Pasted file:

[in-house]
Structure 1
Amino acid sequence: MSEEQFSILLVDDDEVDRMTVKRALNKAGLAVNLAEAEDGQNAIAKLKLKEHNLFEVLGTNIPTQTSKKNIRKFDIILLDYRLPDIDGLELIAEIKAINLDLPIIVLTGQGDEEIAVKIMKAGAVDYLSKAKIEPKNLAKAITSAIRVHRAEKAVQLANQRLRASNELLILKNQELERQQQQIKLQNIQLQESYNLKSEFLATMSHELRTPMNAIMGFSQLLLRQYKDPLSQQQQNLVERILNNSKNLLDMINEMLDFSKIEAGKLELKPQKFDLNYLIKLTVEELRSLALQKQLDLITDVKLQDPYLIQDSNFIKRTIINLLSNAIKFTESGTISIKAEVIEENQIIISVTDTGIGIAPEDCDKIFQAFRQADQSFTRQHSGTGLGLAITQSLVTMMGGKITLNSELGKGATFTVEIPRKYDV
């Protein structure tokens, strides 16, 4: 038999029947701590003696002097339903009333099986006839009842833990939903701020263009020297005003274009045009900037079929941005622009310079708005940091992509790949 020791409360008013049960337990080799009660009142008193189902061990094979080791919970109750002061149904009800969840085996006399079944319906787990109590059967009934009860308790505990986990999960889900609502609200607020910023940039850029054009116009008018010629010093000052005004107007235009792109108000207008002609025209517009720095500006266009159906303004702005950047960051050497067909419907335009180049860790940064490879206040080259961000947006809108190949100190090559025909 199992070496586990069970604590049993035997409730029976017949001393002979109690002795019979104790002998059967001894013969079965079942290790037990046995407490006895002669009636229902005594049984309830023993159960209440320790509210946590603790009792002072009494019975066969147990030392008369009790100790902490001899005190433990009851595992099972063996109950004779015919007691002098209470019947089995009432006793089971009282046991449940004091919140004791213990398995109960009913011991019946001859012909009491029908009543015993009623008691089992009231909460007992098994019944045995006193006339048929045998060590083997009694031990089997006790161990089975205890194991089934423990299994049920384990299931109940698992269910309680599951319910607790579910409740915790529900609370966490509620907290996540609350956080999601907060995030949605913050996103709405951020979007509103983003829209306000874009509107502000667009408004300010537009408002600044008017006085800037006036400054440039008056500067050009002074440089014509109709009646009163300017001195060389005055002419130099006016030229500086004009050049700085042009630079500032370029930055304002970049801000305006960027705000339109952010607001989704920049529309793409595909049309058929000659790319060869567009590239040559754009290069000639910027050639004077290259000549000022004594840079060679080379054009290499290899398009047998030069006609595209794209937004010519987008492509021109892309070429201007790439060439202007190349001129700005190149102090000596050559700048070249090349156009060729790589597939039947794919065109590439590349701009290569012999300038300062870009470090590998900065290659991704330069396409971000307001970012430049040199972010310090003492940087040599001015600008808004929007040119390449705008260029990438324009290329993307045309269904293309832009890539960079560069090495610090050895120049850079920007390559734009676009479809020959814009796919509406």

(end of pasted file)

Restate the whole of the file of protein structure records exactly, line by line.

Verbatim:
[in-house]
Structure 1
Amino acid sequence: MSEEQFSILLVDDDEVDRMTVKRALNKAGLAVNLAEAEDGQNAIAKLKLKEHNLFEVLGTNIPTQTSKKNIRKFDIILLDYRLPDIDGLELIAEIKAINLDLPIIVLTGQGDEEIAVKIMKAGAVDYLSKAKIEPKNLAKAITSAIRVHRAEKAVQLANQRLRASNELLILKNQELERQQQQIKLQNIQLQESYNLKSEFLATMSHELRTPMNAIMGFSQLLLRQYKDPLSQQQQNLVERILNNSKNLLDMINEMLDFSKIEAGKLELKPQKFDLNYLIKLTVEELRSLALQKQLDLITDVKLQDPYLIQDSNFIKRTIINLLSNAIKFTESGTISIKAEVIEENQIIISVTDTGIGIAPEDCDKIFQAFRQADQSFTRQHSGTGLGLAITQSLVTMMGGKITLNSELGKGATFTVEIPRKYDV
């Protein structure tokens, strides 16, 4: 038999029947701590003696002097339903009333099986006839009842833990939903701020263009020297005003274009045009900037079929941005622009310079708005940091992509790949 020791409360008013049960337990080799009660009142008193189902061990094979080791919970109750002061149904009800969840085996006399079944319906787990109590059967009934009860308790505990986990999960889900609502609200607020910023940039850029054009116009008018010629010093000052005004107007235009792109108000207008002609025209517009720095500006266009159906303004702005950047960051050497067909419907335009180049860790940064490879206040080259961000947006809108190949100190090559025909 199992070496586990069970604590049993035997409730029976017949001393002979109690002795019979104790002998059967001894013969079965079942290790037990046995407490006895002669009636229902005594049984309830023993159960209440320790509210946590603790009792002072009494019975066969147990030392008369009790100790902490001899005190433990009851595992099972063996109950004779015919007691002098209470019947089995009432006793089971009282046991449940004091919140004791213990398995109960009913011991019946001859012909009491029908009543015993009623008691089992009231909460007992098994019944045995006193006339048929045998060590083997009694031990089997006790161990089975205890194991089934423990299994049920384990299931109940698992269910309680599951319910607790579910409740915790529900609370966490509620907290996540609350956080999601907060995030949605913050996103709405951020979007509103983003829209306000874009509107502000667009408004300010537009408002600044008017006085800037006036400054440039008056500067050009002074440089014509109709009646009163300017001195060389005055002419130099006016030229500086004009050049700085042009630079500032370029930055304002970049801000305006960027705000339109952010607001989704920049529309793409595909049309058929000659790319060869567009590239040559754009290069000639910027050639004077290259000549000022004594840079060679080379054009290499290899398009047998030069006609595209794209937004010519987008492509021109892309070429201007790439060439202007190349001129700005190149102090000596050559700048070249090349156009060729790589597939039947794919065109590439590349701009290569012999300038300062870009470090590998900065290659991704330069396409971000307001970012430049040199972010310090003492940087040599001015600008808004929007040119390449705008260029990438324009290329993307045309269904293309832009890539960079560069090495610090050895120049850079920007390559734009676009479809020959814009796919509406």